Generic competition cuts Merck's Q1 sales, profit, but it announces $15B share buyback

Merck & Co. on Wednesday posted disappointing first-quarter results and cut its earnings forecast for the year. But the world’s third-largest drugmaker predicted that things would soon improve.

Merck was slammed by two factors plaguing most of its rivals: growing competition from generic drugs and unfavourable exchange rates.

Major drugmakers in recent years have been hurt by an unprecedented wave of patent expirations on brand-name drugs that had brought in billions each year. This has enabled makers of generic drugs to grab customers with cheaper, copycat versions.

Additionally, pharmaceutical companies are being pinched by the dollar gaining ground overseas. Since drugs and other products are bought in local currencies, when the dollar’s value rises, revenue from those countries falls.

Merck, which is based in Whitehouse Station, N.J., said its revenue was reduced by 2 per cent because the dollar rose sharply against the yen in Japan — a key market — and against some other currencies.

That and all the generic competition combined to reduce Merck’s revenue by 9 per cent. Net income fell 8.3 per cent.

CEO Kenneth Frazier said he expects better results in the second half of the year. And he noted that Merck has five drugs under review by regulators, including a promising insomnia medicine called suvorexant.

“We fell short of our expectations for the top line,” Frazier told analysts on a conference call. “We knew that 2013 would be challenging, but we are confident in Merck’s future.”

This isn’t the first time generic rivals have cut Merck’s revenue, but it might be the worst.

In the first quarter, recent generic competition slashed sales of baldness treatment Propecia, allergy pill Clarinex, migraine drug Maxalt and, worst of all, Singulair. The asthma and allergy pill had been Merck’s top seller for several years, but its U.S. patent expired last August. Most patients quickly defected to the slew of much-cheaper generic versions.

As a result, Singulair plunged 75 per cent in the first quarter, down by $1 billion to $337 million.

“We haven’t seen such rapid loss (in sales as) we’ve seen with Singulair,” said Adam Schechter, Merck’s head of prescription drug marketing.

Still, analysts seemed more concerned that sales of Type 2 diabetes pill Januvia declined by 4 per cent to $884 million.

Januvia is now Merck’s biggest seller and a crucial driver of growth. Revenue from Januvia had been growing rapidly, fed by the worsening global epidemic of obesity-related diabetes, but the company said wholesalers reduced inventory in the first quarter.

“The market is very competitive,” Schechter added. “We are seeing rebate and pricing pressures as newer competitors seek to increase their market share” by offering health plans bigger discounts and rebates.

Merck said Wednesday that many sales representatives who promote multiple drugs to doctors now will focus solely on the Januvia franchise. Executives predicted mid-single-digit revenue growth in the U.S. and higher growth elsewhere for the rest of the year.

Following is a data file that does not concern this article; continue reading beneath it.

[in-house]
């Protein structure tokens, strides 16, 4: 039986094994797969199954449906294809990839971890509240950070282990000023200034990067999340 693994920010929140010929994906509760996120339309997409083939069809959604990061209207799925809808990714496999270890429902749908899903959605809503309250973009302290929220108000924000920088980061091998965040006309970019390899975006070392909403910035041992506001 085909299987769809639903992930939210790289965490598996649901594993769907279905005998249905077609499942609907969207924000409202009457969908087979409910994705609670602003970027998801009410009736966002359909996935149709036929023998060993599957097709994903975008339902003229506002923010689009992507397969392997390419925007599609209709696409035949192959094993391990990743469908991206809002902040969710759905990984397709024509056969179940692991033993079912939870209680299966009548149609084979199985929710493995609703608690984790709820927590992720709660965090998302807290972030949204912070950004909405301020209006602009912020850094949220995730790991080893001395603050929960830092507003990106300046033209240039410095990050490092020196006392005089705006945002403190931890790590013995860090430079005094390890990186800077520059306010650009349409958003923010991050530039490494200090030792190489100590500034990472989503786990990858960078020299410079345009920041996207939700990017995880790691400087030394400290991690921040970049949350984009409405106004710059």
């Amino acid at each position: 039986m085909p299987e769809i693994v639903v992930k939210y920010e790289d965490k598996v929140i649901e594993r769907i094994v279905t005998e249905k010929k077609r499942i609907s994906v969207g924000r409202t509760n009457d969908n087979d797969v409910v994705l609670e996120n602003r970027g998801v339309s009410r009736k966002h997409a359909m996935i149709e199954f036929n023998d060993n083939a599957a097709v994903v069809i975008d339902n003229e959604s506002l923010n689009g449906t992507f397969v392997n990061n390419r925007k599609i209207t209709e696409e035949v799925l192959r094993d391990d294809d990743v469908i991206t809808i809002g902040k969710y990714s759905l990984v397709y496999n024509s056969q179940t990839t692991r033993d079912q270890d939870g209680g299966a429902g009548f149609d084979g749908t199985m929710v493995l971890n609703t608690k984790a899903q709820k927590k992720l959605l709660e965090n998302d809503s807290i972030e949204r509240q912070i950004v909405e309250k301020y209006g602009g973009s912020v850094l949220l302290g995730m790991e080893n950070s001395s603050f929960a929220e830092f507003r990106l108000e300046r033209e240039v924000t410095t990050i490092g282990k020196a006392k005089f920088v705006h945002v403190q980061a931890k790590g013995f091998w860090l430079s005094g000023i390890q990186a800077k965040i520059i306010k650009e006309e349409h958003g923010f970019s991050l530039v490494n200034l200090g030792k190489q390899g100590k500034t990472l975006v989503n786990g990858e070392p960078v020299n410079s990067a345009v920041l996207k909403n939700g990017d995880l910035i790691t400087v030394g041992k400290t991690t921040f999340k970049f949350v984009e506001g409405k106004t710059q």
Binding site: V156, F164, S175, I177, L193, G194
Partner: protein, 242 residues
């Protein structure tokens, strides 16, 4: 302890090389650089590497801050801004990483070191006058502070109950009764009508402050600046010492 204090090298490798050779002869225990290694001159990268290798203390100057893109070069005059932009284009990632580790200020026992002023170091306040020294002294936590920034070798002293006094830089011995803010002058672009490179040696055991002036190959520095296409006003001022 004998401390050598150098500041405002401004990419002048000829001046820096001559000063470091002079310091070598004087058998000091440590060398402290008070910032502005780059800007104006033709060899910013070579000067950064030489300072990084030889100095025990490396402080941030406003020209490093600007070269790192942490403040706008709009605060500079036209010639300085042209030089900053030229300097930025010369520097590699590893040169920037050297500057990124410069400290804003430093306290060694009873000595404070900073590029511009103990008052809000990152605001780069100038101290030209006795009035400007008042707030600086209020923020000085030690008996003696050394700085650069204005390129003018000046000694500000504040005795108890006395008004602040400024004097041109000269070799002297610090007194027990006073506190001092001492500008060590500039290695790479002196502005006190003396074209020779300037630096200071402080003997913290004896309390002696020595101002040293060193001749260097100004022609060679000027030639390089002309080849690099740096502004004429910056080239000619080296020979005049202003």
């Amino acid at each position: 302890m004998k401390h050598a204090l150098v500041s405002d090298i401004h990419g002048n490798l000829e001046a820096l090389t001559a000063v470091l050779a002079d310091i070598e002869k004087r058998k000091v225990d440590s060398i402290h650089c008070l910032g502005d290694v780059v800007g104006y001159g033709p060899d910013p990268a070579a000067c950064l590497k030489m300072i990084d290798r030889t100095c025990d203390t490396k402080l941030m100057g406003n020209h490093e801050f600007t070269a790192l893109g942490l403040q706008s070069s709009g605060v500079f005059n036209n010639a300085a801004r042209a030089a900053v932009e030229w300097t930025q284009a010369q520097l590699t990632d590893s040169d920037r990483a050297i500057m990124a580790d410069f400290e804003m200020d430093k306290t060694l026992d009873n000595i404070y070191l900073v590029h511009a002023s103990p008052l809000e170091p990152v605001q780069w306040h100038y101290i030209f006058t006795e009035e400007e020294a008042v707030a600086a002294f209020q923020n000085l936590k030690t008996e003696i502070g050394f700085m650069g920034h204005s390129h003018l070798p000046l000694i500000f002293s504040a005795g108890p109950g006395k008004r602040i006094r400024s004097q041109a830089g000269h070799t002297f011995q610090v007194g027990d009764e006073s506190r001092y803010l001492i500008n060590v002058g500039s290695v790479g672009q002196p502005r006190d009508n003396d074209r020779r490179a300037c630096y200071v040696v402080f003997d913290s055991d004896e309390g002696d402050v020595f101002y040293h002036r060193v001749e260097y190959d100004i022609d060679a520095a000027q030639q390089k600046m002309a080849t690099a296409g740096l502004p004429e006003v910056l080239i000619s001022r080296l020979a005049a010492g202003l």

Merck on Monday announced a partnership with Pfizer Inc. to develop a diabetes drug that works differently than Januvia, as a solo treatment and in combination with other drugs. Management said Wednesday that the drug could complement Januvia, as most diabetes patients must add additional drugs over time to control blood sugar, before having to start insulin shots.

Overall, revenue in the first quarter was $10.67 billion, down from $11.73 billion. That’s well below the $11.11 billion analysts anticipated.

Total prescription drug sales fell 12 per cent to $8.89 billion. Sales of veterinary medicines rose 2 per cent to $840 million and sales of consumer health products such as the Coppertone sun care line increased 3 per cent to $571 million.

Despite the revenue declines, Merck noted strength in revenue from some of its drugs: Simponi and Remicade for immune disorders, HIV drug Isentress and vaccines, particularly Gardasil for preventing sexually transmitted diseases. Revenue from emerging markets such as China also was strong.

Merck earned $1.59 billion, or 52 cents per share, down from $1.74 billion, or 56 cents per share, a year earlier. Excluding $992 million in one-time items, mostly acquisition and restructuring charges, profit was down 15 per cent to $3.59 billion, or 85 cents per share. That was a nickel better than analysts expected.

Frazier said the company’s stepped-up cost cutting kept the bottom line from sagging even more during the quarter.

Meanwhile, Merck said it now expects 2013 earnings per share of $3.45 to $3.55, excluding one-time items. In February, it forecast $3.60 to $3.70 per share.

Merck also announced plans to buy back up to $15 billion in shares, half in the next 12 months. That’s on top of $772 million in share repurchases from January through April under a prior buyback that has another $1.1 billion to spend.

Frazier said the timing of the buyback was coincidental. Other drugmakers likewise have been buying back shares, although drug stocks have had a significant run-up in the last year or so after languishing for several years. Merck shares climbed from just under $30 in August 2011 to a high of $48.79 last month — barely half the October 2000 all-time high of nearly $94.

A huge sell off cut Merck’s stock price by 5.1 per cent in premarket trading before bargain seekers pushed it back up somewhat. Shares closed down $1.32, or 2.8 per cent, at $45.68. More than 37 billion shares changed hands, more than double the average daily volume.


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